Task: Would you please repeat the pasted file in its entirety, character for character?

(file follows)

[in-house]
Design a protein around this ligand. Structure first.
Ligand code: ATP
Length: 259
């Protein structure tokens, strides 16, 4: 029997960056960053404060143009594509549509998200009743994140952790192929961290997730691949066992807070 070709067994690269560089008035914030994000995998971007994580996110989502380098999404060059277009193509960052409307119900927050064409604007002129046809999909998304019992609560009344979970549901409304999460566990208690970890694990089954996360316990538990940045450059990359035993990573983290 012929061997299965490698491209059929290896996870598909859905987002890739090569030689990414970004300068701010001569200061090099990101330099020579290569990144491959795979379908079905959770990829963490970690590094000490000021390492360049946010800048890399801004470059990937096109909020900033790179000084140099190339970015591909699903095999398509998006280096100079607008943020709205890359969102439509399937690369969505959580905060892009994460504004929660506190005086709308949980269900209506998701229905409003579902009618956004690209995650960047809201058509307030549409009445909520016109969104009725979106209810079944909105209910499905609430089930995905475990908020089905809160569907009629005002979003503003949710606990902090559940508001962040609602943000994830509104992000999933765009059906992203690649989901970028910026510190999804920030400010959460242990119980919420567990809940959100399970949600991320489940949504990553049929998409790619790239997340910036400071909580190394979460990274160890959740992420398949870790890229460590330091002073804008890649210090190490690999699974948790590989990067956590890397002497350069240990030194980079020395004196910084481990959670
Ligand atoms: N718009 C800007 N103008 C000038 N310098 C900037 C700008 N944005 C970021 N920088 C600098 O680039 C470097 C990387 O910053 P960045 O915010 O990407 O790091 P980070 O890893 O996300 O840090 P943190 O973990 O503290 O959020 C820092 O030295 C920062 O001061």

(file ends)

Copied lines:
[in-house]
Design a protein around this ligand. Structure first.
Ligand code: ATP
Length: 259
């Protein structure tokens, strides 16, 4: 029997960056960053404060143009594509549509998200009743994140952790192929961290997730691949066992807070 070709067994690269560089008035914030994000995998971007994580996110989502380098999404060059277009193509960052409307119900927050064409604007002129046809999909998304019992609560009344979970549901409304999460566990208690970890694990089954996360316990538990940045450059990359035993990573983290 012929061997299965490698491209059929290896996870598909859905987002890739090569030689990414970004300068701010001569200061090099990101330099020579290569990144491959795979379908079905959770990829963490970690590094000490000021390492360049946010800048890399801004470059990937096109909020900033790179000084140099190339970015591909699903095999398509998006280096100079607008943020709205890359969102439509399937690369969505959580905060892009994460504004929660506190005086709308949980269900209506998701229905409003579902009618956004690209995650960047809201058509307030549409009445909520016109969104009725979106209810079944909105209910499905609430089930995905475990908020089905809160569907009629005002979003503003949710606990902090559940508001962040609602943000994830509104992000999933765009059906992203690649989901970028910026510190999804920030400010959460242990119980919420567990809940959100399970949600991320489940949504990553049929998409790619790239997340910036400071909580190394979460990274160890959740992420398949870790890229460590330091002073804008890649210090190490690999699974948790590989990067956590890397002497350069240990030194980079020395004196910084481990959670
Ligand atoms: N718009 C800007 N103008 C000038 N310098 C900037 C700008 N944005 C970021 N920088 C600098 O680039 C470097 C990387 O910053 P960045 O915010 O990407 O790091 P980070 O890893 O996300 O840090 P943190 O973990 O503290 O959020 C820092 O030295 C920062 O001061």